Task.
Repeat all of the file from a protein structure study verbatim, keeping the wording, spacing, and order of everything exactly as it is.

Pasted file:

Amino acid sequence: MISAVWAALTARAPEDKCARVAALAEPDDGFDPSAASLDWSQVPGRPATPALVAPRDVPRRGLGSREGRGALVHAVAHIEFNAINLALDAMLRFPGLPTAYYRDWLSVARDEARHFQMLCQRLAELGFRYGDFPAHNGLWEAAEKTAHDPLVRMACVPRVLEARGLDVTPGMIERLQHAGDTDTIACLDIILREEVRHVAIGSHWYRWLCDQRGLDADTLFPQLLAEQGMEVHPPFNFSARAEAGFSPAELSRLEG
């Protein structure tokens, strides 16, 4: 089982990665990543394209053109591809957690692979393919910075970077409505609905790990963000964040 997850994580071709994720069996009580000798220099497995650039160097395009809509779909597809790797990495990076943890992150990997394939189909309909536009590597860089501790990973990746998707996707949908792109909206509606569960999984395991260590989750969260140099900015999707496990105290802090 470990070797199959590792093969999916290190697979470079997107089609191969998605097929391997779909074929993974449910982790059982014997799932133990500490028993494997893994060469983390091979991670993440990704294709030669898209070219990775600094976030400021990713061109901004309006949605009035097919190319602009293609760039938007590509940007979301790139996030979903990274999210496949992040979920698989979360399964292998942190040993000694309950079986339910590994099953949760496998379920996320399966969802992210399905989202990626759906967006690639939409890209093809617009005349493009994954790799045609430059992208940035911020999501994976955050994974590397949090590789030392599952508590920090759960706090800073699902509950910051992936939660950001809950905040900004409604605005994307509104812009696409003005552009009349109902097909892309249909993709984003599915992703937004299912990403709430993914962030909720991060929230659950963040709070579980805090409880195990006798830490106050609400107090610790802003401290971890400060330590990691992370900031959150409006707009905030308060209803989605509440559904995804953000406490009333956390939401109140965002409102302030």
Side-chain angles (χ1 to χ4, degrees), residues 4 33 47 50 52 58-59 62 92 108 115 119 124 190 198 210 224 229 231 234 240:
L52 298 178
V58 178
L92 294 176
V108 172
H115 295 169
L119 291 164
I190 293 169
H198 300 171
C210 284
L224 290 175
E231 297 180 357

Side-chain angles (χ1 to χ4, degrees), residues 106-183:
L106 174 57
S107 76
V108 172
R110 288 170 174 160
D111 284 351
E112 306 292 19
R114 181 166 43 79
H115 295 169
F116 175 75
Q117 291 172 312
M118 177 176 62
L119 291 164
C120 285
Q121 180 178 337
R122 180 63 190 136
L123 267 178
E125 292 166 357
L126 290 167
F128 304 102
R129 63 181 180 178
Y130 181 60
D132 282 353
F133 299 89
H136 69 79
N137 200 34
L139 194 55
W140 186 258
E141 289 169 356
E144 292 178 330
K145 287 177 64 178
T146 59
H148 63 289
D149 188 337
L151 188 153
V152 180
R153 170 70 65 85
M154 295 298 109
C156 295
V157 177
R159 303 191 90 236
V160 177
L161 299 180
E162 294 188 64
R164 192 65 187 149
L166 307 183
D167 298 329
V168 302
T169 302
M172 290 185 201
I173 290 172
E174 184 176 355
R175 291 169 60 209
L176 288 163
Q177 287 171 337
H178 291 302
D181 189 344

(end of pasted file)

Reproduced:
Amino acid sequence: MISAVWAALTARAPEDKCARVAALAEPDDGFDPSAASLDWSQVPGRPATPALVAPRDVPRRGLGSREGRGALVHAVAHIEFNAINLALDAMLRFPGLPTAYYRDWLSVARDEARHFQMLCQRLAELGFRYGDFPAHNGLWEAAEKTAHDPLVRMACVPRVLEARGLDVTPGMIERLQHAGDTDTIACLDIILREEVRHVAIGSHWYRWLCDQRGLDADTLFPQLLAEQGMEVHPPFNFSARAEAGFSPAELSRLEG
């Protein structure tokens, strides 16, 4: 089982990665990543394209053109591809957690692979393919910075970077409505609905790990963000964040 997850994580071709994720069996009580000798220099497995650039160097395009809509779909597809790797990495990076943890992150990997394939189909309909536009590597860089501790990973990746998707996707949908792109909206509606569960999984395991260590989750969260140099900015999707496990105290802090 470990070797199959590792093969999916290190697979470079997107089609191969998605097929391997779909074929993974449910982790059982014997799932133990500490028993494997893994060469983390091979991670993440990704294709030669898209070219990775600094976030400021990713061109901004309006949605009035097919190319602009293609760039938007590509940007979301790139996030979903990274999210496949992040979920698989979360399964292998942190040993000694309950079986339910590994099953949760496998379920996320399966969802992210399905989202990626759906967006690639939409890209093809617009005349493009994954790799045609430059992208940035911020999501994976955050994974590397949090590789030392599952508590920090759960706090800073699902509950910051992936939660950001809950905040900004409604605005994307509104812009696409003005552009009349109902097909892309249909993709984003599915992703937004299912990403709430993914962030909720991060929230659950963040709070579980805090409880195990006798830490106050609400107090610790802003401290971890400060330590990691992370900031959150409006707009905030308060209803989605509440559904995804953000406490009333956390939401109140965002409102302030």
Side-chain angles (χ1 to χ4, degrees), residues 4 33 47 50 52 58-59 62 92 108 115 119 124 190 198 210 224 229 231 234 240:
L52 298 178
V58 178
L92 294 176
V108 172
H115 295 169
L119 291 164
I190 293 169
H198 300 171
C210 284
L224 290 175
E231 297 180 357

Side-chain angles (χ1 to χ4, degrees), residues 106-183:
L106 174 57
S107 76
V108 172
R110 288 170 174 160
D111 284 351
E112 306 292 19
R114 181 166 43 79
H115 295 169
F116 175 75
Q117 291 172 312
M118 177 176 62
L119 291 164
C120 285
Q121 180 178 337
R122 180 63 190 136
L123 267 178
E125 292 166 357
L126 290 167
F128 304 102
R129 63 181 180 178
Y130 181 60
D132 282 353
F133 299 89
H136 69 79
N137 200 34
L139 194 55
W140 186 258
E141 289 169 356
E144 292 178 330
K145 287 177 64 178
T146 59
H148 63 289
D149 188 337
L151 188 153
V152 180
R153 170 70 65 85
M154 295 298 109
C156 295
V157 177
R159 303 191 90 236
V160 177
L161 299 180
E162 294 188 64
R164 192 65 187 149
L166 307 183
D167 298 329
V168 302
T169 302
M172 290 185 201
I173 290 172
E174 184 176 355
R175 291 169 60 209
L176 288 163
Q177 287 171 337
H178 291 302
D181 189 344